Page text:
Figure 20.1 On computed tomographic scans of shaken baby syndrome, both subarachnoid hemorrhage and subdural hematomas are seen (arrows). On chest X-ray, note multiple rib fractures (arrows).
Box 20.1. Injury in Shaken Baby Syndrome
The term shaken baby syndrome suggests that impact on a flat surface is necessary to create the injury. Some evidence suggests that shaking alone may not produce the angular acceleration to create shear injuries and subdural hematoma. Small axonal size predisposes a young brain to injury, but the shell of the skull base also allows the brain to rotate more readily.6 An “injury” should be distinguished from translational forces, such as falling down stairs. With skull fractures, skull bruises, or subgaleal hemorrhage, an impact can be assumed. Anoxic-ischemic injury seems to play a major role, which can be due to intentional suffocation as well. Other injuries include posterior rib fractures due to tight squeezing of the chest of the baby and should not be attributed to cardiopulmonary resuscitation (CPR) (none were found in 91 infants with CPR).19 An association between subdural and retinal bleeding has been found pathologically.21,22 Hemorrhage at die periphery (ora serrata) and posterior pole of the retina is more common.
There is a major difference between suicidal and judicial hangings. The fall from a lesser height may result in lesser prevalence of cervical spine injury (fracture or dislocation). Neck fracture occurs in fewer than 10% of hanging victims.24 Only a fall from a major height with a sudden stop may fracture the upper cervical vertebra and detach the pons from the medulla. Drug or alcohol ingestion was present in 70% of 44 cases reported from Australia.25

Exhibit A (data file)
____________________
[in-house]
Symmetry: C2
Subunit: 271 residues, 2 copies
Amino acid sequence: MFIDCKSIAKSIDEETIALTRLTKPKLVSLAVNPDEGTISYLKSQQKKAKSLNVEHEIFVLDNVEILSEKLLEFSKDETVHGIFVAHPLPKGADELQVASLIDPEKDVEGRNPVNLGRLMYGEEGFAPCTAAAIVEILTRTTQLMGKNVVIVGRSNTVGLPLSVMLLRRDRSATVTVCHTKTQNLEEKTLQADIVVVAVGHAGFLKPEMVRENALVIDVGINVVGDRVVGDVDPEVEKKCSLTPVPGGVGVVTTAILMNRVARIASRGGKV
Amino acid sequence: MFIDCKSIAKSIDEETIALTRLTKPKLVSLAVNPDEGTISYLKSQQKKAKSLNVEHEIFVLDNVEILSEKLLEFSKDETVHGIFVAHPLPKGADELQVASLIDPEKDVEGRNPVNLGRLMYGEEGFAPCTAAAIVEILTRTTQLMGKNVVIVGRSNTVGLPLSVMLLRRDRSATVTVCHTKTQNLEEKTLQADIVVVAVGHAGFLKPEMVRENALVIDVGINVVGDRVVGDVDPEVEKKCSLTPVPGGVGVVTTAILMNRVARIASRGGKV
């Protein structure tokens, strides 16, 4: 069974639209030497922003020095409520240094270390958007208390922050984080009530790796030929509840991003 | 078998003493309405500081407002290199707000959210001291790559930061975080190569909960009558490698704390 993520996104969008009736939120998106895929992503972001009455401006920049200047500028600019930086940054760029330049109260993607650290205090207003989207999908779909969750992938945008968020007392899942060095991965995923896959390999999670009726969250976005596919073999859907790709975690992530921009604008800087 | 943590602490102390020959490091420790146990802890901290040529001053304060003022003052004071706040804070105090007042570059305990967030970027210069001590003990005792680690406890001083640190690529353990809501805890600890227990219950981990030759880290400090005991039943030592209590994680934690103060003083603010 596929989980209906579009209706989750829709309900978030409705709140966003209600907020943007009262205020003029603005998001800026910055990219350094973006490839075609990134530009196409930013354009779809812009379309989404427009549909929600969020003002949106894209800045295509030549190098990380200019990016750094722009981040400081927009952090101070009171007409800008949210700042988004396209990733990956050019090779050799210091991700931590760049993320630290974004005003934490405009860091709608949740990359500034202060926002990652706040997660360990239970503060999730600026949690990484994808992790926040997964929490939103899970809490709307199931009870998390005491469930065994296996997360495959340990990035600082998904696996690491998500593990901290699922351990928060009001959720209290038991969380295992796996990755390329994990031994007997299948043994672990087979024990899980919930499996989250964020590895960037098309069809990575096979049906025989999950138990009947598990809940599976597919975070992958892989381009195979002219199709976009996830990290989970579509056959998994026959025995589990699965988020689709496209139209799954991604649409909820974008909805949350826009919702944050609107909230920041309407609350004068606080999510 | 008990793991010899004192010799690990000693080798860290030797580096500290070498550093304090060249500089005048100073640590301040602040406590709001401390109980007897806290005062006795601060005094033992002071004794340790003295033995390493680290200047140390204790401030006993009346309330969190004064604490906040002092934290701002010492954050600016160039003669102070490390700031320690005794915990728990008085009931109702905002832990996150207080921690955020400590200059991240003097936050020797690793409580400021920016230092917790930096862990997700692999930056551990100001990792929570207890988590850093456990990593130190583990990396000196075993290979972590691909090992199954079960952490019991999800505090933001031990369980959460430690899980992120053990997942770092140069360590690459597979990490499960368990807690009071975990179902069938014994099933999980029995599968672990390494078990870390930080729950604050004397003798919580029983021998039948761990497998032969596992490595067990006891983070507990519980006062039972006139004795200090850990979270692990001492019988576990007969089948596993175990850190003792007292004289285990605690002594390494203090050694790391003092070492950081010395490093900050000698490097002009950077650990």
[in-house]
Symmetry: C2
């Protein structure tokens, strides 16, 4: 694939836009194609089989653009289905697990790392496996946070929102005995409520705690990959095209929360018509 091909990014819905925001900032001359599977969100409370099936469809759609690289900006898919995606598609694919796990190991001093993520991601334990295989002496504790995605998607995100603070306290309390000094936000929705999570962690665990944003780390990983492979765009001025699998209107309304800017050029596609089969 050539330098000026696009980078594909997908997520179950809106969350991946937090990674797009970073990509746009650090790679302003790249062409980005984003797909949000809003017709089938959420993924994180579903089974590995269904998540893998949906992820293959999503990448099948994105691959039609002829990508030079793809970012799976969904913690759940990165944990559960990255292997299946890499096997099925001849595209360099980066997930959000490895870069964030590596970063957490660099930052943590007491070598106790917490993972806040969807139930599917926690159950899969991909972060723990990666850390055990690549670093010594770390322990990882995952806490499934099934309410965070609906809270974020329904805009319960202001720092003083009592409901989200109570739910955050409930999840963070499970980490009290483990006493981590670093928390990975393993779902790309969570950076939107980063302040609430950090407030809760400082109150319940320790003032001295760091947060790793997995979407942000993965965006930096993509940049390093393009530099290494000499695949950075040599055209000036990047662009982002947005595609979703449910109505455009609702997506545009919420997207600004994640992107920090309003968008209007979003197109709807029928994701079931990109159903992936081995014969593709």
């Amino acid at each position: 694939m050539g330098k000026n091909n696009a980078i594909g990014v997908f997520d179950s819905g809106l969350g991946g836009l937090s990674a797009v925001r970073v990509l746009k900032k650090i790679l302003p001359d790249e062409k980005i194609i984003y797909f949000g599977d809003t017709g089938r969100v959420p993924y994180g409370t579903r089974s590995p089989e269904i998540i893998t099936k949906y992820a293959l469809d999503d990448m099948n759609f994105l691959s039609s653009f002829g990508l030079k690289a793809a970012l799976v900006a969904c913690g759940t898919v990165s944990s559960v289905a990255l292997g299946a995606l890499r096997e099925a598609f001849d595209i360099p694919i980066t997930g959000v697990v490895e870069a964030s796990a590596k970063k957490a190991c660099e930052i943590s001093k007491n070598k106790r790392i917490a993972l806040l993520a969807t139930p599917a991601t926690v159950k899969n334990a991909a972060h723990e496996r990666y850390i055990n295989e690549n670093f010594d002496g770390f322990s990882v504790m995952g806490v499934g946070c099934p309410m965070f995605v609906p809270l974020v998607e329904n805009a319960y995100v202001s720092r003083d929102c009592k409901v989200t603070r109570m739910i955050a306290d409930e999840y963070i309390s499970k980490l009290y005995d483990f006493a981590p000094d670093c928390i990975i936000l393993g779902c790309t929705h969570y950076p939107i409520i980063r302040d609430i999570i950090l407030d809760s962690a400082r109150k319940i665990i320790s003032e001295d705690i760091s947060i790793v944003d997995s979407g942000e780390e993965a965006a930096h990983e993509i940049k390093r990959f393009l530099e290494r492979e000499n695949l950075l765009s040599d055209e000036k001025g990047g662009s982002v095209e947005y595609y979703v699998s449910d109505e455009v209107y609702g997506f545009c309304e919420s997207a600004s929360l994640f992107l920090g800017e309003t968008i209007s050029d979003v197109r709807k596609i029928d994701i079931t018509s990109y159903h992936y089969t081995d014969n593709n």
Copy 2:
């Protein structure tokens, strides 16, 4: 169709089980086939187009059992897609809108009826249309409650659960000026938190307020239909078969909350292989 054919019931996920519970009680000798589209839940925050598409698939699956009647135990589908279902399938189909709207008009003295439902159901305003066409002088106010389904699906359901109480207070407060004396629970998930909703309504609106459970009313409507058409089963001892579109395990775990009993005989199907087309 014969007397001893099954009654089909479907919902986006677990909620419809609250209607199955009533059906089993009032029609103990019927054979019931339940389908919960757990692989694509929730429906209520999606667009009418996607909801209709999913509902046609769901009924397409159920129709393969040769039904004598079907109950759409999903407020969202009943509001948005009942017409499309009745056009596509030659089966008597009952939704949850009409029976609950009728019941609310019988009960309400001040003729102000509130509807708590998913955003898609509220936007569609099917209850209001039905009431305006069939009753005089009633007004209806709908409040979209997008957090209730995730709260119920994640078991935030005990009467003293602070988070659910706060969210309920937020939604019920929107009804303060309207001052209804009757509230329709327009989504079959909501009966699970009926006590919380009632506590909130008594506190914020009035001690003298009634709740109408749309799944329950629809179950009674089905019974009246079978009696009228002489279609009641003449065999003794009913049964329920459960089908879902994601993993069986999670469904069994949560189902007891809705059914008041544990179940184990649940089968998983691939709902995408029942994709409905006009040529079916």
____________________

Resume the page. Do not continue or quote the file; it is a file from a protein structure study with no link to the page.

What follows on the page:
Many patients are found pulseless, apneic, and suspended free at the scene. Marks around the neck but also subconjunctival or facial petechial hemorrhages are quite common. If severe, these may be associated with tongue hemorrhages; one study suggested that gross tongue hemorrhages were more common in strangulation.26 Acute papilledema with hemorrhages may occur due to asphyxia. Myoclonus status epilepticus in comatose patients is observed frequently and reflects the seriousness of this injury (see Chapter 10). Brief generalized tonic-clonic seizures may occur as well. The responsible injury may be neck vein compression, carotid artery occlusion, or laryngeal injury leading to diffuse anoxic-ischemic impact.
Attempted strangulation is another condition that can produce neurologic injury, and many of the symptoms are initially nonneurologic. Patients who present to the emergency department may have petechiae of the skin of the upper eyelid and subconjunctival hemorrhages. Sore throat, hyper-ventilation, and uncontrollable shaking have been documented. Strangulation can cause a comatose state; then the abnormalities will involve lesions to areas that are susceptible to anoxia.